Following three weeks of historic and gripping proceedings against Arab Bank, the 297 plaintiffs suing it for billions in damages relating to allegations of funding terrorism were due to rest their case on Wednesday with an ex-IDF official explaining the alleged bank-terror connections in-depth.
The “evidence today showed that the ‘who’s who’ of Hamas were customers of Arab Bank,” plaintiffs’ counsel Mark Werbner said while summing up the proceedings in Manhattan US District Court late on Tuesday.
The case involves allegations by the plaintiffs that Arab Bank, practically Jordan’s sovereign bank and one of the largest in the Middle East with branches in 30 countries, facilitated massive transfer of funds to Hamas leaders and institutions, as well as to the families of imprisoned Hamas members and suicide bombers, via Saudi Arabia and Hezbollah’s al-Shahid Foundation, mostly between 1998 and 2004 (though evidence has focused on 2001-2004.) The plaintiffs allege Arab Bank knew the money related to terrorists and terrorist groups, and is thus civilly liable for wrongful death damages relating to the killing of their family members resulting from attacks perpetrated using the transferred funds.
Arab Bank has said there is a lack of proof that the funds contributed sufficiently to terrorist attacks and that the bank knew of an terrorist connection.
The last few weeks have had a range of dramatic highlights.
On multiple days last week, top Hamas expert, veteran journalist and former Israeli intelligence officer Ronni Shaked testified that Hamas was responsible for each of the 24 attacks at issue in the trial.
Possibly one of the key moments in swaying the jury on the issue of whether the bank knew that any of its clients were terrorists, centers around now-deceased Hamas founder Sheikh Ahmed Yassin.
In a potentially damaging deposition played for the court of Arab Bank’s compliance officer for Ramallah Tayseer Sadeq, he admits that Yassin, then a client, is “known throughout the world through the mass media, that he is the – that he is the head of the Hamas organization in the Palestinian Territories, and this is no secret.”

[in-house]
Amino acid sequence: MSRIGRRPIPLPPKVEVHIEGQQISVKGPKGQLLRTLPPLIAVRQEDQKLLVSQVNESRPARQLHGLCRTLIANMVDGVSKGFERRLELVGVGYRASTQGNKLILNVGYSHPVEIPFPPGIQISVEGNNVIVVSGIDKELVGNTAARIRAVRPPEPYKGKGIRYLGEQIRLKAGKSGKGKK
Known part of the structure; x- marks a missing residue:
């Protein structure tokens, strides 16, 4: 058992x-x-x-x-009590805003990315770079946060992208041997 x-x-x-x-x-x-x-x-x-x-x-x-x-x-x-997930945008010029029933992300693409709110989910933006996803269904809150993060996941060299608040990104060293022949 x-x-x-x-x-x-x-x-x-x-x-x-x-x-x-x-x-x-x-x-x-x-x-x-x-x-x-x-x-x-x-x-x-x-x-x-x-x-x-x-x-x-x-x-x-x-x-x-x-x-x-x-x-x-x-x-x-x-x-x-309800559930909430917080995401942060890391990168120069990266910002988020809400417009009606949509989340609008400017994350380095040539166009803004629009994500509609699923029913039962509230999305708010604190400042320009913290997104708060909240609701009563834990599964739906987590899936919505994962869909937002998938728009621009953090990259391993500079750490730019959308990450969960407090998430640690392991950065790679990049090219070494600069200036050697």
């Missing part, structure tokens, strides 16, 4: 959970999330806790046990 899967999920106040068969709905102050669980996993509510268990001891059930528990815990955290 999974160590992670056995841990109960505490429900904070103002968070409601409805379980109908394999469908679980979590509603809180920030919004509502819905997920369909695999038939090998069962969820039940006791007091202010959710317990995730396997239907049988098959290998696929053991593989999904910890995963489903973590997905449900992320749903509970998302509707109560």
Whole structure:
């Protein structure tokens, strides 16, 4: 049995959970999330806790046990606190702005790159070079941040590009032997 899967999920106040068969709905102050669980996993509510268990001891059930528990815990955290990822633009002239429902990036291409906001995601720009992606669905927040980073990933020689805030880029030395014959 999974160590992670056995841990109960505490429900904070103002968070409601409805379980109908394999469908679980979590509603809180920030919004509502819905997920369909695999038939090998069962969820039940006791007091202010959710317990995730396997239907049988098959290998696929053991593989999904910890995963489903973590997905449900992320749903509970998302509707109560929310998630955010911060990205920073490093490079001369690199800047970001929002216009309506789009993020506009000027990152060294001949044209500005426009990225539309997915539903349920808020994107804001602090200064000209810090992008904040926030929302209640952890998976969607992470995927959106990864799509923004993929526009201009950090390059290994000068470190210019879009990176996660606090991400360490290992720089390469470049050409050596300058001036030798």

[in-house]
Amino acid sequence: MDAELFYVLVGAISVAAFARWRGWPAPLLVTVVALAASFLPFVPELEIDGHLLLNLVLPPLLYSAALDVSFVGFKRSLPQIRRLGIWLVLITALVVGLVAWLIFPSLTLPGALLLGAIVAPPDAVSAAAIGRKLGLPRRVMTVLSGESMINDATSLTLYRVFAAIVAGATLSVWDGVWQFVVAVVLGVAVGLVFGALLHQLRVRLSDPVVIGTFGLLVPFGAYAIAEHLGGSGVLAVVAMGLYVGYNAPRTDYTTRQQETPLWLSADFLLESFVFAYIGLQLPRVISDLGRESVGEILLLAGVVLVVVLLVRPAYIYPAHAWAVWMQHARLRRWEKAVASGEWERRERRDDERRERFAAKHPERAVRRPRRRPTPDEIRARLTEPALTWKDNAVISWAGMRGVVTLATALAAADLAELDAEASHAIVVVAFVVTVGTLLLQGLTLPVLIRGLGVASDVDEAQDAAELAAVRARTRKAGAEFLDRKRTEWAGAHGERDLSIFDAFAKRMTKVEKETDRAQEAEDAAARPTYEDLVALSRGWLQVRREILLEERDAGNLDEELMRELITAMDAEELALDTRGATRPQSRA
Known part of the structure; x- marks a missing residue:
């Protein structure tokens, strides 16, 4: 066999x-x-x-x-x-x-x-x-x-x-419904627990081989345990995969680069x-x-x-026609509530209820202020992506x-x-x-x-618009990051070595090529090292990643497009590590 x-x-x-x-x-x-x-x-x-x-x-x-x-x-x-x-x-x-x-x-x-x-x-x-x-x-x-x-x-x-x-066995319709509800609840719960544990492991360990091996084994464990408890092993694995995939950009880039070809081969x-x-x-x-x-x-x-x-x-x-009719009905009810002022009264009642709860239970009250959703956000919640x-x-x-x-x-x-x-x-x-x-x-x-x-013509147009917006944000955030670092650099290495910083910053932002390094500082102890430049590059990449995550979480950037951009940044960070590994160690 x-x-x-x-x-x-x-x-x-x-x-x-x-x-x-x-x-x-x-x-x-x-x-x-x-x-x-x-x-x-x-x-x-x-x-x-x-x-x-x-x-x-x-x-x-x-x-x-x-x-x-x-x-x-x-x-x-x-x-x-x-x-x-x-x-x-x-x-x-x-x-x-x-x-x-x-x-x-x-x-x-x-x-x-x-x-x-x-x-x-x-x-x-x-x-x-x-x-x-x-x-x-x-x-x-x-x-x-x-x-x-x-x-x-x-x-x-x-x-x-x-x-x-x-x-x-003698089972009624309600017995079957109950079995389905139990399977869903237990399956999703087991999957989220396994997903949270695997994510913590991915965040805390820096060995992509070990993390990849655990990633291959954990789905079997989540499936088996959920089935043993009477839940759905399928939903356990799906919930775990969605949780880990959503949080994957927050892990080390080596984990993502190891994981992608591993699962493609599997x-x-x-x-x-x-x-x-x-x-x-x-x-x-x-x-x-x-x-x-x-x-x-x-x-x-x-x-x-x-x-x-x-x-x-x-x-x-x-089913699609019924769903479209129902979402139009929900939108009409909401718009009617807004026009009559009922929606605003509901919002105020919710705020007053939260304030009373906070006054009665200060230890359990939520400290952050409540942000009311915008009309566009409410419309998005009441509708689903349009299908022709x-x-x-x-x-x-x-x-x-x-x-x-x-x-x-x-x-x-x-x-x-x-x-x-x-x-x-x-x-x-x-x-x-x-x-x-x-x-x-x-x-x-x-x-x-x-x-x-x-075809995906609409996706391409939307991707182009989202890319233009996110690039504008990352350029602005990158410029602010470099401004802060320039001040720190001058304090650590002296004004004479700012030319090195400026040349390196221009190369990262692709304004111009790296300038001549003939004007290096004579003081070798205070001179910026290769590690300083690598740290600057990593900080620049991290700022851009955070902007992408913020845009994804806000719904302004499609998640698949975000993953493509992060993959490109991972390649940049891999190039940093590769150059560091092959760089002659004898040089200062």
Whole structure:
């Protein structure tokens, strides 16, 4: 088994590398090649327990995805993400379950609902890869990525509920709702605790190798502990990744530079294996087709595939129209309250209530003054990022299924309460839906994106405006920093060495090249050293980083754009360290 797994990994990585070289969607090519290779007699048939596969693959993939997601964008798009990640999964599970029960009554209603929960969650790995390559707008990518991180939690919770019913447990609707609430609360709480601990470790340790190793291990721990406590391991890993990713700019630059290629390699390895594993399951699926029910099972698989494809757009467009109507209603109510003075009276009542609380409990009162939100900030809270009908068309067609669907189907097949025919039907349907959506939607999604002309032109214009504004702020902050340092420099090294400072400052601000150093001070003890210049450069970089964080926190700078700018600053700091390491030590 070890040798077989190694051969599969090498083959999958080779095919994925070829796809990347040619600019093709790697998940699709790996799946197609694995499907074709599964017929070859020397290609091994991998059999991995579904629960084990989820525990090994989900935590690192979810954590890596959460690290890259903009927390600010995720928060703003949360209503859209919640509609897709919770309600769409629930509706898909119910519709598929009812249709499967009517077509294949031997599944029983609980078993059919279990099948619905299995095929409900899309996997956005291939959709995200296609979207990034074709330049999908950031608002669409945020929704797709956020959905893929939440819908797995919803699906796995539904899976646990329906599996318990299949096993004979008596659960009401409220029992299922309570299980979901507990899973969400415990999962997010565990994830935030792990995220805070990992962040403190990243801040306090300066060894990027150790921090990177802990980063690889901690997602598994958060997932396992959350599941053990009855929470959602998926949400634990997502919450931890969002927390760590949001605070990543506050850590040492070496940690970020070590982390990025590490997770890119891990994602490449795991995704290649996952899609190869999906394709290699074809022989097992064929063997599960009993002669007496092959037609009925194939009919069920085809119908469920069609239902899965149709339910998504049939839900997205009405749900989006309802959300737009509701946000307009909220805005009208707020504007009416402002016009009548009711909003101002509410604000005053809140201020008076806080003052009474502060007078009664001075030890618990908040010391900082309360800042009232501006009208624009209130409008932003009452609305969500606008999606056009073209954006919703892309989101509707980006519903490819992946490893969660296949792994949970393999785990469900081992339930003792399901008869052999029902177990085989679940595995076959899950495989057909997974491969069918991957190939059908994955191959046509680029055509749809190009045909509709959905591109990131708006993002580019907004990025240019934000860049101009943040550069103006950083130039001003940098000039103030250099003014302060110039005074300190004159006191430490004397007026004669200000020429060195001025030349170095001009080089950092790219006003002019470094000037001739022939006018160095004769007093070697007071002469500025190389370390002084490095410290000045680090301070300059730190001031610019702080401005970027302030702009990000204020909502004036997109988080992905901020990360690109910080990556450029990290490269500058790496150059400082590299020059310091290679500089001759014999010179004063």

Supporting this line of attack, another major Hamas expert, the former head of the IDF COGAT’s Palestinian Affairs Department, Arieh Dan Spitzen, said that 18 Hamas individuals were known public figures by Gaza bank officials and that they had, “with a high degree of probability,” received thousands or even hundreds of thousands of dollars via Arab Bank transfers.
Next, to show how openly some of the bank’s clients defined as “charities” associated with hamas, Spitzen testified that one charity, Al Tadamun Charitable Society, opened its facility as places of mourning for suicide bombers’ families.
Spitzen and the plaintiffs’ counsel hammered the bank for not producing the full account records for the Hamas leaders for their review.
Both in this and other instances, the bank has expressed frustration that it is unable to mention that it did not supply the banking records in question to comply with Jordanian and Lebanese bank secrecy laws.
The bank complains there is a double standard in the case since it says the plaintiffs have used foreign law, Israeli law and evidence, such as that some terrorist-bank clients were on Israel’s watch list even as they were not on the US list, to attack the bank without allowing the bank to use foreign law to defend itself.
It is unclear what the Supreme Court would rule on such an attempt to compare using Jordanian- Lebanese law on defense and using Israeli law on attack.
The bank also appears to be preparing a line of other objections it could use to appeal a judgment if it loses the case, including attacking Judge Brian Cogan’s impartiality.
It formally complained to the court of an instance in which Cogan out loud acted as if one of its objections was ridiculous, but then quietly ruled in favor of the objection without explaining it to the jury.
Another objection the bank has made is that plaintiffs’ evidence of Hamas claiming credit for attacks is hearsay and inadmissible in court, though the court rejected this objection.